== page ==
Last Book Read: The last business book I read was “Make your Bed: Little Things that Can Change Your Life…And Maybe the World”. It was an easy read that I was able to complete in the timespan of a couple of flights. I recommend it as an inspirational book, reviewing Admiral McRaven’s top 10 life principles.
Favorite Movie: Star Wars. I am a big fan and have been since I was a kid.
Best Concert: The best concert I have seen was Bruno Mars. He and his band were great entertainers. Everyone, even in the stands, was up and out of their seats dancing. My parents, wife, and I had a blast!
My Hero, and Why: My Dad is the person that I think of as my hero. He grew up with little in rural Georgia, farming during his summers in grade school. He went to college to become a pastor but ended up selling VCRs at Circuit City. He worked hard and built a successful business career over 30-plus years. My Dad did make sacrifices to get where he is today, but he was always there when it counted. Plus, he still managed to coach my peewee football team, teach Sunday school, and judge for my debate tournaments, to name a few activities. It has been a pleasure working with him at OnPoint Warranty. I have paid close attention to the way that he handles himself with employees, clients, vendors, and customers who sometimes find his contact information online. He treats others with respect and listens to their thoughts and concerns. It sounds mundane, but it is profound in the sense that many business leaders struggle to do just that. When you can connect with people on a personal level and build relationships, it creates trust that facilitates business growth. We had an employee who came out of retirement to work for OnPoint because my Dad was a founder. I could go on but suffice it to say that I have been blessed beyond measure to have such a father, mentor, and friend.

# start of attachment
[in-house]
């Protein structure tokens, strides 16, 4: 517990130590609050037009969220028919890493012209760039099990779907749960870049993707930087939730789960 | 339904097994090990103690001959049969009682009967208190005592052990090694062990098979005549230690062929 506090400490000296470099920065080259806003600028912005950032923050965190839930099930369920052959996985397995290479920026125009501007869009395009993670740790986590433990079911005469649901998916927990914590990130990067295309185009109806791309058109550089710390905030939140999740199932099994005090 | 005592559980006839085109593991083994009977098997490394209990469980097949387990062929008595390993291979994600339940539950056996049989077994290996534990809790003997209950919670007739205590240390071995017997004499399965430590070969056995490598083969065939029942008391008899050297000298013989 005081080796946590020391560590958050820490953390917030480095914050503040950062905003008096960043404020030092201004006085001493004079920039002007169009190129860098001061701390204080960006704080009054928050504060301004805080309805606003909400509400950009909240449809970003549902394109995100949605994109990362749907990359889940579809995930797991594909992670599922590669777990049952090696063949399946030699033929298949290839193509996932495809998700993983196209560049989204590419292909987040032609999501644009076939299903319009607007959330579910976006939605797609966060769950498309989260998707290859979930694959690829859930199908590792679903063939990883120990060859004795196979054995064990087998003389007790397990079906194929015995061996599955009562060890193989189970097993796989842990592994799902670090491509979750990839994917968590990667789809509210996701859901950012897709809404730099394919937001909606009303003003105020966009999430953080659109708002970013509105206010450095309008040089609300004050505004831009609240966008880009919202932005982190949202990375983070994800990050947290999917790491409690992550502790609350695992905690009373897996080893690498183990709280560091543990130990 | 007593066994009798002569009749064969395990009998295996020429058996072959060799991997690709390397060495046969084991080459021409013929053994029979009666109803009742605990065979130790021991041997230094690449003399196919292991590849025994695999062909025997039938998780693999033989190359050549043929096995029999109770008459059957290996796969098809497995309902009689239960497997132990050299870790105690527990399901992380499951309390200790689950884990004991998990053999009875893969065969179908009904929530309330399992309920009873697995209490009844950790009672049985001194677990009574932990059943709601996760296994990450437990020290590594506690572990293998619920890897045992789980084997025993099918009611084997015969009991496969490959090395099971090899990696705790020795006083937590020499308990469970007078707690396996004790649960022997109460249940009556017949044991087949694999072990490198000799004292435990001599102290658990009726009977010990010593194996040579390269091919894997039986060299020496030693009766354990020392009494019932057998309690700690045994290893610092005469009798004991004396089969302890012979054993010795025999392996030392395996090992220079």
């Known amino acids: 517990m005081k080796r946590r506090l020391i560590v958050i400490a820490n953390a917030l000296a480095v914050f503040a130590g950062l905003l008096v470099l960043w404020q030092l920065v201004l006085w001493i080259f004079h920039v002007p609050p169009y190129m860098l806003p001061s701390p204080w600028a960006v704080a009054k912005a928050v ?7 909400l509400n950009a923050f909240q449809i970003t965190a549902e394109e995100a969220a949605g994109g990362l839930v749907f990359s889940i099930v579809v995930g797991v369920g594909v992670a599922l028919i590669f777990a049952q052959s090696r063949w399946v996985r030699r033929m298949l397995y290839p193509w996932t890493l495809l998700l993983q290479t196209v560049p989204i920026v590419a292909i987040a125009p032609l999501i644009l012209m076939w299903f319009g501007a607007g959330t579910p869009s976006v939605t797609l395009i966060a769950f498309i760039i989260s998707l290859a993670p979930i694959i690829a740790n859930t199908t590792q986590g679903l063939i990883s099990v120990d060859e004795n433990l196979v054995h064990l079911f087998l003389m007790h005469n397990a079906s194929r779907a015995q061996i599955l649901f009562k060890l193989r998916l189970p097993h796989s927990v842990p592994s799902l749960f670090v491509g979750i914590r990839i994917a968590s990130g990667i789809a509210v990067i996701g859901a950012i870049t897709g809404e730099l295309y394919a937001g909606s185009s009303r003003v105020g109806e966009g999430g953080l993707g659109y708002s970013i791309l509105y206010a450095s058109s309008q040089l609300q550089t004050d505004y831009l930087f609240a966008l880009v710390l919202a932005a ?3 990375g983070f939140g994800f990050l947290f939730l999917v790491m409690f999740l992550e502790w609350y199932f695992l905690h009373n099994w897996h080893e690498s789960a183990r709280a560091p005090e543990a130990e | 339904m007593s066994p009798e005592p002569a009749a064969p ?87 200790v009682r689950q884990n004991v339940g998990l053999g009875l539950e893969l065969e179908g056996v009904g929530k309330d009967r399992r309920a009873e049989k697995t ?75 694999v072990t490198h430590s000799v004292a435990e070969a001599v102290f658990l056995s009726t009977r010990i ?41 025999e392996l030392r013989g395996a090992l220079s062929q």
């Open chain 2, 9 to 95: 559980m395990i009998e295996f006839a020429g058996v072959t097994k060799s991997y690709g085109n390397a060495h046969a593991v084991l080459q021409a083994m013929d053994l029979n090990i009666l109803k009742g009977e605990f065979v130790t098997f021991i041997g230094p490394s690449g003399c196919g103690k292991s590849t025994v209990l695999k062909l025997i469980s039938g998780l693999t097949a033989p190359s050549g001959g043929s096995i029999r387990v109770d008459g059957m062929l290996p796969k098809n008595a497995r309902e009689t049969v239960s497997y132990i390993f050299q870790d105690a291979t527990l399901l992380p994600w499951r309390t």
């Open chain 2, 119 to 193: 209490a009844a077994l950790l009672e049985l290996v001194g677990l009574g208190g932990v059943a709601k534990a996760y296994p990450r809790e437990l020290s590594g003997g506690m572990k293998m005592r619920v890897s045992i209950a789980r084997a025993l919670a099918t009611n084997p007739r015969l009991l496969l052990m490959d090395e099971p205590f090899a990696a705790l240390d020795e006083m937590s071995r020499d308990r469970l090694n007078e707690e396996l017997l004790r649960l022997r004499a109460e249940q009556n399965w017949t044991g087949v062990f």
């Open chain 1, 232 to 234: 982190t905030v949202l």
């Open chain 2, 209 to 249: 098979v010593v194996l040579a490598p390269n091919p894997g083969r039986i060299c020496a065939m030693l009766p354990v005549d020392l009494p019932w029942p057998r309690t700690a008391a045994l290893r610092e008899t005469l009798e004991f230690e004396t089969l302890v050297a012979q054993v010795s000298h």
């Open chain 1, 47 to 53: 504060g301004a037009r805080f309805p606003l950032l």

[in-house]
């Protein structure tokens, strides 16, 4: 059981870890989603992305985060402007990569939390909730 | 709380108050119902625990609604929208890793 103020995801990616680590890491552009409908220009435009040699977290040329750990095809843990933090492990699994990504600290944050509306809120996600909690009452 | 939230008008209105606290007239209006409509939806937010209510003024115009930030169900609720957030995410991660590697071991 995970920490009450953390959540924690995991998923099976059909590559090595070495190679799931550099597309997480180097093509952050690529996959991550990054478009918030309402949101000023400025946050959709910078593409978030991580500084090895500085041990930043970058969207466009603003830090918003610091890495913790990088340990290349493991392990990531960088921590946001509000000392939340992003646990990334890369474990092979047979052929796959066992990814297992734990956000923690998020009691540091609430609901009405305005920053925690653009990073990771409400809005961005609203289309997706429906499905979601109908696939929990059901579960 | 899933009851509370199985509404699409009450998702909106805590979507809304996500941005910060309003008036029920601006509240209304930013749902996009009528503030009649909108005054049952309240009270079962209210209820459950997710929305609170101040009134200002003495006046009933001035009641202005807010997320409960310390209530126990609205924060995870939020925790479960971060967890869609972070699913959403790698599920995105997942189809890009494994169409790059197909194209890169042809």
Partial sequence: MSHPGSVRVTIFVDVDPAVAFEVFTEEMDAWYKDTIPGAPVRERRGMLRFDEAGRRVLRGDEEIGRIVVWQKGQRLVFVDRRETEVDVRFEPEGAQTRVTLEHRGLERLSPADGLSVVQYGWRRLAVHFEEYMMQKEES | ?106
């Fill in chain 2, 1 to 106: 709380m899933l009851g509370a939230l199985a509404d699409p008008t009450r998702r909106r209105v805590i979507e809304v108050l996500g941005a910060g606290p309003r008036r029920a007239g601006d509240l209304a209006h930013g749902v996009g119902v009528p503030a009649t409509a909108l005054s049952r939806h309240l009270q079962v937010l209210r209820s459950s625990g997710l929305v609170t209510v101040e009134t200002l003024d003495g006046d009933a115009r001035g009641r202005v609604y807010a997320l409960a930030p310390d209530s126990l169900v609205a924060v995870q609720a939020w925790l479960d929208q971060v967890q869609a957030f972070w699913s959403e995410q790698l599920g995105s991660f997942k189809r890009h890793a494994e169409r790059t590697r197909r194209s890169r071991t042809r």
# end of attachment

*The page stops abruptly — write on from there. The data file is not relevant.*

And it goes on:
Favorite CE Product: As a former appliance sales representative, this is a difficult question. My wife and I just bought a house in April, and I have been anticipating a purchase of a 65-inch 4K TV.
If You Could be Anyplace Right Now, Where Would it Be and What Would You Be Doing?: Another favorite pastime of mine is travel. My wife and I have a bucket list of places to visit. New Zealand is high on that list. I would love to be sight-seeing in Auckland and then drive out to see the set of Lord of the Rings where you can drink a beer at the Green Dragon.
Major Industry Problem and How to Fix It: A major challenge of the CE and MA industries is the lack of service availability. We run into this every day when dispatching service for warranty claims. There are fewer servicers out there and many of the existing servicers are aging without a succession plan. That puts the whole industry in a tough position to be able to provide a top-notch customer experience when a servicer is booked out a week. The short-term fixes are using technology solutions like dispatching platforms to optimize the existing network. Another solution is making the existing network more profitable by giving the servicers products to sell that give them more business. For example, OnPoint is offering home warranty reseller opportunities to provide revenue with the sale of the plan, and by running the service calls on what they sell. In addition to selling home warranty products, we are selling services such as smart home product installation and configuration. Servicers that can adapt and offer new types of services will be able to expand and take advantage of the shortage in the marketplace.